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The agony and ecstasy of the new IT

The agony and ecstasy of the new IT

The enterprise application development landscape is being upended, says Gartner

“It’s our belief that over the next three years there will be four times as many mobile projects as PC projects,” Jeff Schulman, Gartner managing vice-president, predicted on Monday morning.

Schulman, who opened Gartner’s Application Architecture, Development & Integration Summit in Sydney, said that mobile gave enterprises the opportunity to “fully reframe their business models.”

“It’s easy to think of mobile as just a tiny squished form factor for essentially PC kinds of applications and that’s the first generation of all new technologies,” he said.

Schulman drew an analogy with the transition from radio to television, when TV broadcasts initially left the dominant metaphors and framework of radio shows almost untouched.

“Today mobile is in that same sense a horseless carriage,” Schulman said.

With mobile moving beyond its first generation of applications, technologies that leverage concepts such as augmented reality, ubiquitous connectivity and “the power of always on” are starting to influence software design.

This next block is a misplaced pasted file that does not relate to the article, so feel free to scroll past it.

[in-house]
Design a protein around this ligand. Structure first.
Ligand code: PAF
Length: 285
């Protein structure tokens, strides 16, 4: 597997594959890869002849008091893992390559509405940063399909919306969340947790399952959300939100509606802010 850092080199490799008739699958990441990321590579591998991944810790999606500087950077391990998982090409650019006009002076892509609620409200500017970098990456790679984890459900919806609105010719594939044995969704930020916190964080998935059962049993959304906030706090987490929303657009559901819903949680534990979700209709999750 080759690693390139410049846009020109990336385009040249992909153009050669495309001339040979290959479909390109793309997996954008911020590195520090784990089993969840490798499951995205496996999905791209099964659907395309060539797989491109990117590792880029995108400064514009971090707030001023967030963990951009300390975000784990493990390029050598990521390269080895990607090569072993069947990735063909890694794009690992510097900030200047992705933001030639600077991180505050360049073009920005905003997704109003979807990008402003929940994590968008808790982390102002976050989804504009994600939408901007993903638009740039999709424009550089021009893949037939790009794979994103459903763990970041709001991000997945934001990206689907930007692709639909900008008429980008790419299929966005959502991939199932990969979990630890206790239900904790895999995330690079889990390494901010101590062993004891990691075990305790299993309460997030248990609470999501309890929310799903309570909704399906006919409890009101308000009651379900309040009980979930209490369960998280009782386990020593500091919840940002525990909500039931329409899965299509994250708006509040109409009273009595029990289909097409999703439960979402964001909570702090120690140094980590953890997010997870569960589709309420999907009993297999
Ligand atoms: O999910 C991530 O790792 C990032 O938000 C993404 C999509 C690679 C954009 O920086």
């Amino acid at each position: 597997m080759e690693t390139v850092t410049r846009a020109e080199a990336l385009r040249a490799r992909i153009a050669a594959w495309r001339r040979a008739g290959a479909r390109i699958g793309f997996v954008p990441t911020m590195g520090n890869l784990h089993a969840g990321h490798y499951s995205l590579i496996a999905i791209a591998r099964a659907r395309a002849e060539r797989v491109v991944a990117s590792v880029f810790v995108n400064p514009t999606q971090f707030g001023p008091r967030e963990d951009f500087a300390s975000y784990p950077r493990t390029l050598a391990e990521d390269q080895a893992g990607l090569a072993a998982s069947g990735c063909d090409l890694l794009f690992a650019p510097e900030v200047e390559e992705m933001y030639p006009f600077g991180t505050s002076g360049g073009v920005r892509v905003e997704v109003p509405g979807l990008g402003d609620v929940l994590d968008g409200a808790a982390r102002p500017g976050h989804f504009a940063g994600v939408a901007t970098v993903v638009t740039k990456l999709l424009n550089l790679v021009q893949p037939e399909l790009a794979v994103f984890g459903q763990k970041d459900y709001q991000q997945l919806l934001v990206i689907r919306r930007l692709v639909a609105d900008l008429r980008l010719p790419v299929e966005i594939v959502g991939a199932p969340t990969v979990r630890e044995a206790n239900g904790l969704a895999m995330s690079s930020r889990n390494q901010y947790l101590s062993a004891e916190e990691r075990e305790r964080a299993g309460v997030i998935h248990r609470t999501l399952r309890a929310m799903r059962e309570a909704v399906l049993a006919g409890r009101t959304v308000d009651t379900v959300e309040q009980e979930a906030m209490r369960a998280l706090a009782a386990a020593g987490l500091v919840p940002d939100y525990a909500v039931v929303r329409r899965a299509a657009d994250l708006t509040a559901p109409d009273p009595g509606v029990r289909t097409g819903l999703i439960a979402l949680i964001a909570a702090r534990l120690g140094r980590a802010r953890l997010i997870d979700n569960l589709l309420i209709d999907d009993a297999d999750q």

“It’s in that power to re-envision the handheld that is smart and always on and always contents- and context-aware that will power us to the next generation of applications.”

For Gartner, mobile is part of the “nexus of forces” - along with social, cloud and big data - that is radically changing how applications should be designed and developed.

The changing enterprise landscape means that dominant vendors, such as Oracle, Microsoft and IBM, face the possibility of being displaced by challengers, such as Google, Amazon, Facebook and Apple.

The analyst firm is predicting, for example, that by the end of 2014, Apple will be as accepted in the enterprise as Microsoft.

Although the consumerisation of IT may feel painful for those at the coalface who have to deal with it, it is both too late to stop and undesirable for enterprises to ignore the opportunities it creates for business.

“Many of us in this room can remember a golden age of computing,” Schulman said.

“The golden age of computing was when we had change management. We had service-level agreements. We had maintenance structures we had security of data we had backup and recovery. We worked for years to put that in place and all of it is gone.

“All of it is gone, because when I bring my iPhone to my office and I plug in, [it’s] in ways that we in IT can not envision and control. That creates heartburn.”

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